How conspiracy theories followed man to the Moon
Millions of people across the world still believe that no one has ever walked on the Moon, and that the images that NASA broadcast in July 1969 were shot in a Hollywood studio.
Thousands of Internet sites are devoted to "proving" that the landing never happened, or calling into question the whole Apollo 11 mission.
Some claim that NASA did not have the technological know-how to pull off such a coup, or that if it did that it wasn't done with a human crew—who would surely have been fried alive by cosmic rays.
Others tout possible alien involvement, which of course has been covered up—as has the lunar civilisation the astronauts discovered...
But almost all the conspiracy theories focus on supposed anomalies in the grainy photos and videos which NASA sent back to Earth.
Shadows in the footage show they were suspect, as is the absence of stars in the sky in some images—theories which have long since been refuted by scientists.
Yet theories live on regardless of proof from the Lunar Orbiter in 2009 which showed the abandoned modules from Apollo 11, 14, 15, 16 and 17 still on the Moon's surface.
Six in 10 Russians sceptical
When Apollo 11's lunar module touched down on the Sea of Tranquility in 1969, less than one in 20 Americans doubted what they were seeing on their television screens.
By the turn of the century a Gallup poll found scepticism has only spread to six percent of the population.
In contrast, more than half of Russians—the old Cold War enemy—still refuse to believe that the Americans got there first.
But surprisingly serious doubt is also rampant among some of Washington's closest allies, with a 2009 TNS survey showing a quarter of British people did not believe the landings happened, while nine percent of French people were also unconvinced, according to pollsters Ifop.
Academic Didier Desormeaux, who has written widely on conspiracy theories, said the more important an event the more likely it is to attract outrageous counter narratives.
"Conquering space was a major event for humanity. Undermining that can shake the very foundations of science and man's mastery of nature," he told AFP, making it a huge target for conspiracists.
While earlier conspiracy theories also involved images—such as the assassination of US president John F Kennedy in 1963, and the so-called Roswell UFO incident—"what is new about these rumours is that they are based on a minute deconstruction of the images sent back by NASA," the French specialist insisted.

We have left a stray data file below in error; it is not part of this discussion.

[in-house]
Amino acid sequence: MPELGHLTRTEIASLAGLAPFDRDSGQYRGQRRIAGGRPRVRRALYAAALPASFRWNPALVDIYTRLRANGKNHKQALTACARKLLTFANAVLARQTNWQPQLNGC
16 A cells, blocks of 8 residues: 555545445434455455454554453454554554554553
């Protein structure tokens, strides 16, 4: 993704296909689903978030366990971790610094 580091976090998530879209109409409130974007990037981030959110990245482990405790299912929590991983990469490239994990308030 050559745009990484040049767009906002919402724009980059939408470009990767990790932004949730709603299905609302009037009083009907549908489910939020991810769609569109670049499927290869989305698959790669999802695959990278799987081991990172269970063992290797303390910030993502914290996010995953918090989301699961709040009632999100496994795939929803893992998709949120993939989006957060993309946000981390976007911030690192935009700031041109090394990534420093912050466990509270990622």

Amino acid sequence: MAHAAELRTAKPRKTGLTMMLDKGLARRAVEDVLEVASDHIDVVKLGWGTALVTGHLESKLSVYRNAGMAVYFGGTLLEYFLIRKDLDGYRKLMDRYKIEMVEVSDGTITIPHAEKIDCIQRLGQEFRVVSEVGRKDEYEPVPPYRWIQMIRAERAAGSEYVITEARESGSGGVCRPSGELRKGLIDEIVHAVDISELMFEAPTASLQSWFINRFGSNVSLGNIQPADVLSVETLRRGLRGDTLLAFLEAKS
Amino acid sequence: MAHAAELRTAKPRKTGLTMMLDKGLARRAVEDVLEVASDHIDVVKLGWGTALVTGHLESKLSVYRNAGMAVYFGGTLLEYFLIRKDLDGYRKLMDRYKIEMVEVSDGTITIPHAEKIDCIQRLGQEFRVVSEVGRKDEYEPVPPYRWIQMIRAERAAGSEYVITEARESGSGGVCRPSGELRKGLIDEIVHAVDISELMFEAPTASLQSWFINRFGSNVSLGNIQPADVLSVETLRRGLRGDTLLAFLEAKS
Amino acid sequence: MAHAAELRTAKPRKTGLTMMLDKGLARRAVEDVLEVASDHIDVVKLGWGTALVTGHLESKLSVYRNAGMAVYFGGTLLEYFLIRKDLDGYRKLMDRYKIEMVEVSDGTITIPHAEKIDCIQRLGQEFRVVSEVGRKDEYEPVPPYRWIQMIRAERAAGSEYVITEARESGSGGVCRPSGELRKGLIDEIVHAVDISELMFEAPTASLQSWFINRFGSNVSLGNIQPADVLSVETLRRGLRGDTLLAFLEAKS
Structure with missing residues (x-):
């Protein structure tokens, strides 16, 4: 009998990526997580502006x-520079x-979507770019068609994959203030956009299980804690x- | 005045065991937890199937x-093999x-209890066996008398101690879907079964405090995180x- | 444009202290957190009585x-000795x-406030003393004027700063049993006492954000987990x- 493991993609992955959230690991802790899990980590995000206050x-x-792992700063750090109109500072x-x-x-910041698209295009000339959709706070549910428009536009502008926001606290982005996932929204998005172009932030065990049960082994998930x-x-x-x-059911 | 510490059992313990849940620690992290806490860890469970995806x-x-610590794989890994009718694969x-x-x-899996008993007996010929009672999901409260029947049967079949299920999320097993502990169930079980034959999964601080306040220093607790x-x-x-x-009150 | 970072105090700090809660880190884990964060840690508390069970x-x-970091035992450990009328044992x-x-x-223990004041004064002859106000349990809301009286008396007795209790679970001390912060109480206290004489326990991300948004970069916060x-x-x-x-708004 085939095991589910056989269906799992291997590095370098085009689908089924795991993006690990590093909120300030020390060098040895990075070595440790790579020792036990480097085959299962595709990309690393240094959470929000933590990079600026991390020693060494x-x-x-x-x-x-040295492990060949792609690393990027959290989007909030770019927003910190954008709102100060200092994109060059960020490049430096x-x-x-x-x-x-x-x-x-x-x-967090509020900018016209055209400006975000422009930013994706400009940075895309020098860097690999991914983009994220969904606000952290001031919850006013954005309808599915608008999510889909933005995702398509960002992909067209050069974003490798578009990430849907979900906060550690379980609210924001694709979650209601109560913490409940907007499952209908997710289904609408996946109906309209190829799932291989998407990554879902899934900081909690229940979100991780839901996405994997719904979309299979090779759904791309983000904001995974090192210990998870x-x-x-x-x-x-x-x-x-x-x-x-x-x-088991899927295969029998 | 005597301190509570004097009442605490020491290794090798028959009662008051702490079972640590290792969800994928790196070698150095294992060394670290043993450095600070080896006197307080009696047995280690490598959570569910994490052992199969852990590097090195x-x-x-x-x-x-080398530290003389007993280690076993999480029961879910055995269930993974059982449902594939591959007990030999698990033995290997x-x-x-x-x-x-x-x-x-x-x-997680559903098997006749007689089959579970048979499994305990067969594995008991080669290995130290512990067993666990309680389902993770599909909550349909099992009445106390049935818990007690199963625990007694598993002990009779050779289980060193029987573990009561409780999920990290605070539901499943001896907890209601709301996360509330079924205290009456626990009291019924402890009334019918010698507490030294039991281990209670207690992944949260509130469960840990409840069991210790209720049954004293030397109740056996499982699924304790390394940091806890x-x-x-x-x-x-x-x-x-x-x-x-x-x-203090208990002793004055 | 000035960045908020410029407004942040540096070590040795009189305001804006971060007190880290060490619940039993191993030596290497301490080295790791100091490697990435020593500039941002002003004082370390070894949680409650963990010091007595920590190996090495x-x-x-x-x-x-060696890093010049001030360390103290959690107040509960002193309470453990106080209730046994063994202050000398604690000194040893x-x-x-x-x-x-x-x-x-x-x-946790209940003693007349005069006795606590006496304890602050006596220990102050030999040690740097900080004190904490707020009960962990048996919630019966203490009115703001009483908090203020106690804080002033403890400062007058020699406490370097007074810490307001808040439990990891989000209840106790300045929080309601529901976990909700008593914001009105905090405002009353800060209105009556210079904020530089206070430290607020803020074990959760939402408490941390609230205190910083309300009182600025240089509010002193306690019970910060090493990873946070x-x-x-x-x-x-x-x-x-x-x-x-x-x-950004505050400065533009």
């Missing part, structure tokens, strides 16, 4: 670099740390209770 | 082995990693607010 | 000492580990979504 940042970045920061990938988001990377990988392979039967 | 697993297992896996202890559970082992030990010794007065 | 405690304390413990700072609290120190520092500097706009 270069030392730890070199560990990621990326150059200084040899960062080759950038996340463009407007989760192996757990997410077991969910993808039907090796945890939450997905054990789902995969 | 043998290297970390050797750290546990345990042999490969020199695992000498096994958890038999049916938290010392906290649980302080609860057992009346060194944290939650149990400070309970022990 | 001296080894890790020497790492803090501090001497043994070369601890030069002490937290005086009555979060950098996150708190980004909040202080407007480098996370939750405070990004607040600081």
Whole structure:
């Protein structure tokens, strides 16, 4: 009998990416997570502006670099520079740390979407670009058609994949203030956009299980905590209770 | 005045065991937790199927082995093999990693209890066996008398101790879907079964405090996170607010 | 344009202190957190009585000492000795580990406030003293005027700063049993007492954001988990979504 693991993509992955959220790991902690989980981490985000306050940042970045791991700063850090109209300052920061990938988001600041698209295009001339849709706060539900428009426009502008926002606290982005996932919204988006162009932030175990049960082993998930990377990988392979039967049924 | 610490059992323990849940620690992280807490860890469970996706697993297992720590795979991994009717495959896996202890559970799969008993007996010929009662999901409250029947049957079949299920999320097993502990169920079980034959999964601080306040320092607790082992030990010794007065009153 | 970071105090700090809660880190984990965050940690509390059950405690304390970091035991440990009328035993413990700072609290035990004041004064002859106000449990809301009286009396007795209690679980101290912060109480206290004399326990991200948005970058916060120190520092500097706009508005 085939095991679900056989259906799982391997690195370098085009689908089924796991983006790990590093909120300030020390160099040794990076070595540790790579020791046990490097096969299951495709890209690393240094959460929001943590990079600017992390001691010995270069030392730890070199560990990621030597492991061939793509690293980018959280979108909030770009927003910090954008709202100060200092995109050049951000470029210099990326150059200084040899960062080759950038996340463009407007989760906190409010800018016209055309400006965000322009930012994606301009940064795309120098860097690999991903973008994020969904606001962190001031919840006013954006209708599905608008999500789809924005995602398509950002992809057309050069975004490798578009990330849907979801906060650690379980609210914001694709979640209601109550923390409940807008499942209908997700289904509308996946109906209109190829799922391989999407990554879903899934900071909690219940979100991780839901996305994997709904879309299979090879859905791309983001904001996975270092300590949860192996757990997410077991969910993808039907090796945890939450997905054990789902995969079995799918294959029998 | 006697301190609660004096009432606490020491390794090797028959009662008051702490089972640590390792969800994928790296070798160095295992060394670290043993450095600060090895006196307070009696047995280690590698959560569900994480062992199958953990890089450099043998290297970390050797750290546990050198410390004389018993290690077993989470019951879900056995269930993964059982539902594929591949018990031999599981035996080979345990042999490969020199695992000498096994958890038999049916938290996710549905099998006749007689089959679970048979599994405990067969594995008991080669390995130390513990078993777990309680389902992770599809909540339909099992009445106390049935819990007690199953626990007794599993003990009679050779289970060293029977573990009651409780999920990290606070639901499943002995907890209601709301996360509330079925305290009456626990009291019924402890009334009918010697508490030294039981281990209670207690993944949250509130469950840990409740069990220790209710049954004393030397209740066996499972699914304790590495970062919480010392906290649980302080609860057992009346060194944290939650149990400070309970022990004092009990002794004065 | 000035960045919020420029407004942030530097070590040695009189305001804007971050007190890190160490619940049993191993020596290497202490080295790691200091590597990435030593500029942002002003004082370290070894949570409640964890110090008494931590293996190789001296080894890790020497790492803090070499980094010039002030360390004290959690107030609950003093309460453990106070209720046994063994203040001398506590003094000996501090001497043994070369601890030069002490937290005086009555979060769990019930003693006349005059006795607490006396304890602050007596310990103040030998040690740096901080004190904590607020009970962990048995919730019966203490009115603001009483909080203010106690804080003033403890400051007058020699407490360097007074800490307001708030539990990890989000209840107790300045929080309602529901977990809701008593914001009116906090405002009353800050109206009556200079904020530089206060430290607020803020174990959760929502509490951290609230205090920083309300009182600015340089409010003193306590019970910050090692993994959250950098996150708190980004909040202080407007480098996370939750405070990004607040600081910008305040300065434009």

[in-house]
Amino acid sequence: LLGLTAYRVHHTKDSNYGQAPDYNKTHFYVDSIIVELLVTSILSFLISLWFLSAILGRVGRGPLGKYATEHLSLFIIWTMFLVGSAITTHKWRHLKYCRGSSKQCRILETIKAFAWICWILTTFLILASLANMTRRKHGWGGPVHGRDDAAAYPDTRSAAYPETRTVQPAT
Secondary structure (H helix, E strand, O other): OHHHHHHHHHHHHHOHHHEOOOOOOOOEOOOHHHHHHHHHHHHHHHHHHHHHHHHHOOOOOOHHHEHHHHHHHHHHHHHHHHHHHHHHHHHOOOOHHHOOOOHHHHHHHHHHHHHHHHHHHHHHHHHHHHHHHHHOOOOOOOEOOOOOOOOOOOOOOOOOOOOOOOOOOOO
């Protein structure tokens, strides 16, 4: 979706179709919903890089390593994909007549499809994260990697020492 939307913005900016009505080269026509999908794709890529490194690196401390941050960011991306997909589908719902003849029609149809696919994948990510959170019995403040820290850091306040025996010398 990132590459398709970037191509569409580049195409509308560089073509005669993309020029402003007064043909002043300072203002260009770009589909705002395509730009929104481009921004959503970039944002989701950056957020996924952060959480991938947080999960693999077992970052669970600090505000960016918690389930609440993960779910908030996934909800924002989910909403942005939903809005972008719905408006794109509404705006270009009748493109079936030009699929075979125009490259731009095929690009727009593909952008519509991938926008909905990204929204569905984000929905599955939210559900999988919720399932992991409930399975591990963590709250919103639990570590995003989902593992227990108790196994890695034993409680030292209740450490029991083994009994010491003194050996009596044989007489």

'Images anaesthetise thinking'
For Desormeaux it is the first time a "conspiracy theory was built entirely around the visual interpretation of a media event—which they denounce entirely as a set-up."
The same logic has been used repeatedly to dismiss school massacres in the US as fake, he added, with hardcore conspiracists claiming that the dead "are played by actors".
"Images can anaesthetise our capacity to think" when deployed with ever more twisted leaps of logic, Desormeaux warned.
"The power of such theories is that no matter what they survive, because they become a belief which comes with a kind of evangelism and so they can go on forever," he added.
For NASA's former official historian Roger Launius, "the fact that the denials of the Moon landings would not go away should not surprise anyone."
Launius—who has devoted a large part of his career to fighting them—said in his latest book, "Apollo's Legacy", that deniers "do not accept the same rules of investigation and knowledge that all others live by.
"They have tapped into a rich vein of distrust of government, populists critiques of society and questions about the fundamentals of (scientific method) and knowledge creation," he added.
For decades they have played on "our deepest and most secret fears", fed by America's defeat in the Vietnam war at home and by anti-Americanism abroad, he said.
But Launius also blames the media for adding fuel to flames of paranoia.
"Moon landings denials were fanned by... competition for a new and different perspective on the events," he said.
© 2019 AFP